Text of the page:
Wednesday, May 24, 2017

Book Links: Correspondents' Choice (Week 2)

(This post should have appeared on Friday. Sorry. I was expecting some input from readers who, so far as I can tell, are all on vacation--not reading my blog, not posting to theirs; that fouled up my schedule for my limited online time.)

Someone (was it at the Huffington Post?) shared a link to a collection of books children voted the best for reading aloud with adults. None of The Nephews has been at the target age for this book for years, but when they were, they would've voted for it; they enjoyed learning to read along with it.



Children who up-voted the Narnia books are likely to be children who know how to read, but bond with adults (or teenagers) by sharing the older readers' delight in these books. Seven full-length children's novels guarantee lots of storytime, and Lewis's impeccably educated voice is a good way to practice BBC English if you-the-adult want to learn it...though I once found a rare LP record of C.S. Lewis and J.R.R. Tolkien reading their own short work, and although they sounded as British and educated as they (rather definitively) were, they did not speak the pure BBC you learn from radio and TV. (No one does. That's why, the better you learn BBC, the better idea it is to sit on it when talking to friends from Britain.) Anyway, while learning BBC-as-a-second-language I read all of the Narnia books aloud to my sister. She would have voted for them, too.



The year I was in grade four, the school I attended sorted students into three "reading groups" based on ability and let each group work with a different teacher for one-third of the year. There was a nice older lady teacher whose bad luck was to guide us through the reader with the boring stories in it, a hateful older man teacher whose good luck was to guide us through the reader with the better stories in it, and then in spring I got into the fantastically decorated classroom of the young innovative teacher who had organized her whole class around reading this book. Cardboard mock-ups of scenes and characters from Phantom Tollbooth land filled the room where this teacher read the book aloud and we read along. I could have read the book faster--and did--but I still enjoyed the book-discussion-group atmosphere; I adored that teacher. So I'd agree that this is an excellent book to read to school-age children.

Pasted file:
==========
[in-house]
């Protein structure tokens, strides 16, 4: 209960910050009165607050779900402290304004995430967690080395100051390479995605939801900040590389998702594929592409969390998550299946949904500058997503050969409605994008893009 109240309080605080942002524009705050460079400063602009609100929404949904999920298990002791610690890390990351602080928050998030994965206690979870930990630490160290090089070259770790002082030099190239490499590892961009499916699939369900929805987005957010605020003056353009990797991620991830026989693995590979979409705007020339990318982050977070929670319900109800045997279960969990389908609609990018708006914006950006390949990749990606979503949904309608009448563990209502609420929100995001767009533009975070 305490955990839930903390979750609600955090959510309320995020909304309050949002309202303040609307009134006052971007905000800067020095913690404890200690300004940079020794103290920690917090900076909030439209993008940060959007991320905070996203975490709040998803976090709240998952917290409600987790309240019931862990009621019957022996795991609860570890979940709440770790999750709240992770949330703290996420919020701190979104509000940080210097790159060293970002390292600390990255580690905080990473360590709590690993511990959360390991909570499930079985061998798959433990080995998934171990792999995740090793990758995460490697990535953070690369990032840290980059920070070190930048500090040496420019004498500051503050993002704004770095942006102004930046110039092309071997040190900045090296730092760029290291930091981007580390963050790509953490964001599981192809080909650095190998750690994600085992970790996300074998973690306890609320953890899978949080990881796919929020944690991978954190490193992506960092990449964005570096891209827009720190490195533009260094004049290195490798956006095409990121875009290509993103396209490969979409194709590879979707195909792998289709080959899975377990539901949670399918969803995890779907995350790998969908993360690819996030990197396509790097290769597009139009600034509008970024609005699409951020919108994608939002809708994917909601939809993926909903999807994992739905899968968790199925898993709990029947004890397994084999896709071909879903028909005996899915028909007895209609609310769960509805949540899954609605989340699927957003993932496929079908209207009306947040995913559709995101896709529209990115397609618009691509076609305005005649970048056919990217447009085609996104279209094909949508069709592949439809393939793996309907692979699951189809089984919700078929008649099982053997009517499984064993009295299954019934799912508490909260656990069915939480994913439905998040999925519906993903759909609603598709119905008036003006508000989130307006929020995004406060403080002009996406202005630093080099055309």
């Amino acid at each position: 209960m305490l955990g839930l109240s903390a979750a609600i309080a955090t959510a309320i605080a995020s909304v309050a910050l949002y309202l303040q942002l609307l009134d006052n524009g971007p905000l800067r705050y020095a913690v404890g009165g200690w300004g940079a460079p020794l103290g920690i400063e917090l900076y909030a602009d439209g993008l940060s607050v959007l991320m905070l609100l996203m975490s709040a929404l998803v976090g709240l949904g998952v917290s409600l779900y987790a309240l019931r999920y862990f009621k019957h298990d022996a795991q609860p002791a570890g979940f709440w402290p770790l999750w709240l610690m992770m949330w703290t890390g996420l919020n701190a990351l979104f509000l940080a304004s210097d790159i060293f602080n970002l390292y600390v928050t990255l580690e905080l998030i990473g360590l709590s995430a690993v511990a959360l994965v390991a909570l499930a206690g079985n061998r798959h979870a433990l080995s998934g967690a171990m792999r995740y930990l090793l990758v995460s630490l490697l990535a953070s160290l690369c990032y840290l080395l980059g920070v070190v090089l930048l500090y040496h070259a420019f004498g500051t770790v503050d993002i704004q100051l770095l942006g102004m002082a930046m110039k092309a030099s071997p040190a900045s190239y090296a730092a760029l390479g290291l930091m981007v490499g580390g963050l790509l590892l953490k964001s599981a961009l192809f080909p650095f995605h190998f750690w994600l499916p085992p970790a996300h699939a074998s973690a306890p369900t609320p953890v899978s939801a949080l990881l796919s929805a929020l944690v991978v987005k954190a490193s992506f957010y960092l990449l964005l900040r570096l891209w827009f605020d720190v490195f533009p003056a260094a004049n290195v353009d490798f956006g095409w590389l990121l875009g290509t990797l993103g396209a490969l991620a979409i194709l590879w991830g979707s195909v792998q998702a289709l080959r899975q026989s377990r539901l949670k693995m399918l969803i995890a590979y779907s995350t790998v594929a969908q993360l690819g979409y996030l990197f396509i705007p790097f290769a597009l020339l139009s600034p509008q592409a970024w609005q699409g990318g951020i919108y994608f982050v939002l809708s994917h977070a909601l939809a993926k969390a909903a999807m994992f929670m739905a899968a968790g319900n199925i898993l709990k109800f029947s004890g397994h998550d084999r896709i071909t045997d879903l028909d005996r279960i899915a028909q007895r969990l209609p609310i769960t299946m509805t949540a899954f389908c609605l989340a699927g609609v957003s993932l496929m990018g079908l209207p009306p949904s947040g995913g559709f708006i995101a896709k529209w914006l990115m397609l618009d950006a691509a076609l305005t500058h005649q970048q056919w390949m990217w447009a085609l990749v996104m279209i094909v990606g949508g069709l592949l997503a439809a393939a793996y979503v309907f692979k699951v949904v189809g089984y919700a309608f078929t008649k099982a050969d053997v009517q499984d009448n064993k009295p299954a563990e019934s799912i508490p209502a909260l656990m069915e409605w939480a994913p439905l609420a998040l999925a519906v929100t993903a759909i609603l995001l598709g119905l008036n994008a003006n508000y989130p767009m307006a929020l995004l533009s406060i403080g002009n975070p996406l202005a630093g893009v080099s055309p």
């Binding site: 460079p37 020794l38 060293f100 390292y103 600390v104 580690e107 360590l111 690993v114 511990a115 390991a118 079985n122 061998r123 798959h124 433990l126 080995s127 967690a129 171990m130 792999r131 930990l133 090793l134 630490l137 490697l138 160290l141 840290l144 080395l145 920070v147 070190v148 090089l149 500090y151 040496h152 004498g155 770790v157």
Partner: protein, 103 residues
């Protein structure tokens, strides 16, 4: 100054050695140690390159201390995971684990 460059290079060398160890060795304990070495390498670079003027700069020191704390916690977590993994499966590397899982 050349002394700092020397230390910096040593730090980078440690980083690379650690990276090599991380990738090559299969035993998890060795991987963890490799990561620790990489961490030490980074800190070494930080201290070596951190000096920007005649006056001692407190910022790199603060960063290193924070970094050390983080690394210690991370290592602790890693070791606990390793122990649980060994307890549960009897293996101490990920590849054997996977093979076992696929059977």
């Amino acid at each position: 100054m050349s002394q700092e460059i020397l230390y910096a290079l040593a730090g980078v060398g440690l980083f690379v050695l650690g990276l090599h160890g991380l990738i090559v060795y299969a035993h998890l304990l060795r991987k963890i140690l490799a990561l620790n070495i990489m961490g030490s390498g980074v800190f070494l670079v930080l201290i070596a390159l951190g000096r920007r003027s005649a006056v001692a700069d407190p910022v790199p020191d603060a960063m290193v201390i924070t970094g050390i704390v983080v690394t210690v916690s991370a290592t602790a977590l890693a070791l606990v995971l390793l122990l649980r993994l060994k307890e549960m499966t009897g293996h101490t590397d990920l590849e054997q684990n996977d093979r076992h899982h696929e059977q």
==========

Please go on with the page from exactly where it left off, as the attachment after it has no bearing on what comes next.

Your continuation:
This one was recommended by Penguin (the new release, naturally) but it's a classic, anyway, so why not...If The Handmaid's Tale piqued your interest in Margaret Atwood's work, and you've just discovered Alias Grace, you might wonder about Susanna Moodie. She was a real person, and this is the best known of her books:



I have most of Madeleine L'Engle's books, but unfortunately I missed the two later volumes in this trilogy. I'd like this omnibus edition for myself:



I've signed onto something called Goodreads.com, apparently separate from Amazon. I'm still figuring out how that site works. Here's my less than original, but at least very short, review....

Homes and Other Black HolesHomes and Other Black Holes by Dave Barry
My rating: 5 of 5 stars

As with all books by Dave Barry...for best results, read in a place where it's safe to laugh out loud.


View all my reviews

...of a book I still own, at home.

The classic gift book for graduates (with a sense of humor)...



...has generated a new parody:



Cheers...